I’m thinking of upgrading to the Hiline IC but my system is in a credenza with all the cables strung through a single, centered hole in the back. I’ve read how important it is for the HiLine to hang free, touching nothing.
Would my setup rule out the Hiline, or would it still be an upgrade over the stock IC?
With that degree of compromise and the HiLine’s actual design being predicated on physical isolation to work it’s magic, yes, I’d stick the the (very good) stock cable or upgrade to something else that uses a different design philosophy.
I say this as a HiLine owner who thinks it is a superb cable. But in your use case, it seems like totally the wrong cable. Something else may offer better performance for the same money in your specific situation.
Alternatively it could be argued that having the interconnect touching other cables and the credenza makes having the mechanical de-coupling at each end even more important in minimising vibration along the cable and into the source and pre-amp…
I really wouldn’t get too concerned. As long as the plugs are inserted properly and un-stressed, it should sound very nice. I say this as a long time HiLine user. Mine brushes the floor and another cable or two (eeeeek!) and, yes, it sounds just perfect.
In reality in most cases you aren’t going to have the luxury of all your cabling floating magically in their own air space. The DIN connector pins of the Hi-Line are all decoupled in the air-PLUG connector which is also itself designed to provide further decoupling.
The cable construction itself is designed with multiple layers of shielding and isolation between signal and ground.
I’d suggest the most important aspect of connectivity of a Hi-Line is to avoid it crossing/touching on itself and for the connectors to not be under tension, such that the cable exit is not pulling at an angle relative to the connector itself, you want it to be loose in orientation, and when pushed fully in to the DIN connector, to be gently pulled away again by a few mm till you feel a resistance.
If your cabling route is central to your equipment, you may find routing it means the Hi-Line connectors are under tension and may not enable the cable to perform as intended, rendering the decoupling benefits of the design redundant in effect.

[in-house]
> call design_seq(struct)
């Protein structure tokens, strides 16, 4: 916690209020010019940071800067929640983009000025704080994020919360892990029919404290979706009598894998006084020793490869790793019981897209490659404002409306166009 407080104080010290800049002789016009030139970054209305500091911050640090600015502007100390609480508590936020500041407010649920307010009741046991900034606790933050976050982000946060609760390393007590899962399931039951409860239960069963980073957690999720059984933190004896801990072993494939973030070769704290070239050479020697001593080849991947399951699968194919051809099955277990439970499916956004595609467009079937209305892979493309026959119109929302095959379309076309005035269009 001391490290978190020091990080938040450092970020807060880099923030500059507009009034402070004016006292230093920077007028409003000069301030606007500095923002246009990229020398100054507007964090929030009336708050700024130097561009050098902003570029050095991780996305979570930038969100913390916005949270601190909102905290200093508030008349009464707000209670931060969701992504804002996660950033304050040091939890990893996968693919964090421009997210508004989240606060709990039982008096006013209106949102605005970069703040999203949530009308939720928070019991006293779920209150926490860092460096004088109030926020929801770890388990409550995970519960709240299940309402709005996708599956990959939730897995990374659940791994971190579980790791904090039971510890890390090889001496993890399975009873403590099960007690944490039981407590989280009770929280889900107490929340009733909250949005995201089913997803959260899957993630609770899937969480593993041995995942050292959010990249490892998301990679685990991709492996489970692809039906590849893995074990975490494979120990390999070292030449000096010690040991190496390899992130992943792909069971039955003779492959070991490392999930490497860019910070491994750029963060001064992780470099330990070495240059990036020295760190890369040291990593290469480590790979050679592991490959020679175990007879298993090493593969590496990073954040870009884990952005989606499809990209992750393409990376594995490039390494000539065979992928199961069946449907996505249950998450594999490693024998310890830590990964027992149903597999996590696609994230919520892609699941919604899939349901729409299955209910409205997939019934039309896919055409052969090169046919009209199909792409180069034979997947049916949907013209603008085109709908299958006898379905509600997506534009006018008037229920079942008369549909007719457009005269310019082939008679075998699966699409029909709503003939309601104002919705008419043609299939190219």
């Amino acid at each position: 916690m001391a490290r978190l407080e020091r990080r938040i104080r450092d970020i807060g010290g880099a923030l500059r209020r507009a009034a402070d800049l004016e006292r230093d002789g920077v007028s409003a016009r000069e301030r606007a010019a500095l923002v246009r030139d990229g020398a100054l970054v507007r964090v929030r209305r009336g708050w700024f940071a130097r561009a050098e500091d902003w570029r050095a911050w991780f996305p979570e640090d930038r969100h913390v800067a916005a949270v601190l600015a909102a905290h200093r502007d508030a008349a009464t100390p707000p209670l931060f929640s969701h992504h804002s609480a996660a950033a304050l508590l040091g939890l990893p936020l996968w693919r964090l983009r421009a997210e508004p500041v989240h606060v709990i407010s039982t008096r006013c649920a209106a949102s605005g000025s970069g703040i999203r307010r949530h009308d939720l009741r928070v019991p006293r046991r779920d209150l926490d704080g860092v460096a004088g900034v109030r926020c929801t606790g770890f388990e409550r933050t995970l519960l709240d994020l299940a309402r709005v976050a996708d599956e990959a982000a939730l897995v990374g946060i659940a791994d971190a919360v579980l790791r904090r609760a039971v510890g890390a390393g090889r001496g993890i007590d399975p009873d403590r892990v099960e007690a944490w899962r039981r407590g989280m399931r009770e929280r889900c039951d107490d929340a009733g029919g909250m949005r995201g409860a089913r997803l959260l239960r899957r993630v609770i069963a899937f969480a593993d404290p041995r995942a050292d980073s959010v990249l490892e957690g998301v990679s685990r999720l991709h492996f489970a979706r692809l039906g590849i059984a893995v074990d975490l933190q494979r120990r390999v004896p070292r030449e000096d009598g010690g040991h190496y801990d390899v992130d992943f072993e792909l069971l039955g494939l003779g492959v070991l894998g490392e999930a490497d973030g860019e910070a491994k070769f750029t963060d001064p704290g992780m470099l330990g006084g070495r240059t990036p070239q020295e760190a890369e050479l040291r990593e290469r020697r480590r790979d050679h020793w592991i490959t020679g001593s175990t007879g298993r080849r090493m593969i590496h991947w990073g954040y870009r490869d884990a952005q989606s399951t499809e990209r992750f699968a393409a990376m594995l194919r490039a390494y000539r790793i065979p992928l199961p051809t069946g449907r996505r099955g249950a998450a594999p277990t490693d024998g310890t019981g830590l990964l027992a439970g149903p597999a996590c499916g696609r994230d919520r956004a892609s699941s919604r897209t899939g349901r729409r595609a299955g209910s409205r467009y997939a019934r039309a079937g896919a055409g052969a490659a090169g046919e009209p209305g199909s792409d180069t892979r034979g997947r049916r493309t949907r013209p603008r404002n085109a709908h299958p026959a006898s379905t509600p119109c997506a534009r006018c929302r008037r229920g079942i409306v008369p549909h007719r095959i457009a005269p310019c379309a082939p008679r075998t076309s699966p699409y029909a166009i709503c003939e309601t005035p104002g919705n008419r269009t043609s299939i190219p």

I just don’t get this cable dressing malarkey - even if there is a marginal benefit I can’t be arsed currently, and surely if there were very significant benefits Naim would publish advice indicating best practice.
Perhaps some of us live in environents of chaos whereas others must have order and simplicity - would love to be in the latter group but rather too old to be taught new tricks.
Borrowed one once, can’t remember if I read the manual.
I was probably talking a little more generally about cables/interconnects. I may be missing out on some performance gains, but domestic siting practicalities often aren’t conducive to perfect cabling arrangements, NAC A5 being a particular case in point, it looks a right old mess in my room.
Maybe I’m just getting older and less fussy about certain things, I think I’d have been quite fanatical 20-30 years ago, now i’m more relaxed about this kind of thing.
The best thing for the OP if feasible is simply to try a HiLine against existing cables - even if cabling is not ‘optimal’ in terms of placement I’d imagine the benefit would still be heard. If there’s little sonic difference then perhaps look at other manufacturer’s interconnects?
Presumably cable arrangement will affect supplied cables to some extent as well even if they don’t have decoupled connectors.
As long as the connectors aren’t under any sort of directional tension/ strain and it’s kept a sensible distance from any AC mains cabling I’m sure otherwise you’ll find a Hi-Line will perform as intended by Naim.
Ensuring it doesn’t loop and touch on itself is recommended by Naim and advised in setup but should it brush against the floor or run near other interconnect cabling I doubt you’ll find its performance impacted in any measurable way.
It’s designed with multiple and seperate layers of screening on both ground and signal anyway.
The Hi-Line certainly needs to be handled with real care for sure. Only holding it by its metal connectors and not by the plastic rings in any way. When dis-connecting do not allow the connectors to drop freely, even onto a thick piled carpeted floor. Those plastic rings are quite brittle and can break very easily. There is a bit of a learning curve with it, when connecting up and dis-connecting. If handled with care though the HiLine should provide years of sterling performance, fault free. I’ve learned to just plug mine in and leave well alone unless it’s absolutely necessary.
I much prefer the performance from it than i do with the stock lavender. The treble is silky smooth and helps to bring a rich full bodied velvet quality to the sound that is very addictive. Going back to the stock cable and i find the music sounds a little rougher around the edges, thinner and a little squeezed (forced?) by comparison.
I had a similar situation when I had a SN2/HiCap/NDX2/XPS DR in a TV cabinet and was using a superlumina interconnect. I drilled some extra holes for the various cables. But as your wife would kill you for doing this, I wouldn’t die in a ditch over some cables touching each other. Needs must, and if it improves things it’s all good. Best not to be too anal over things in my view.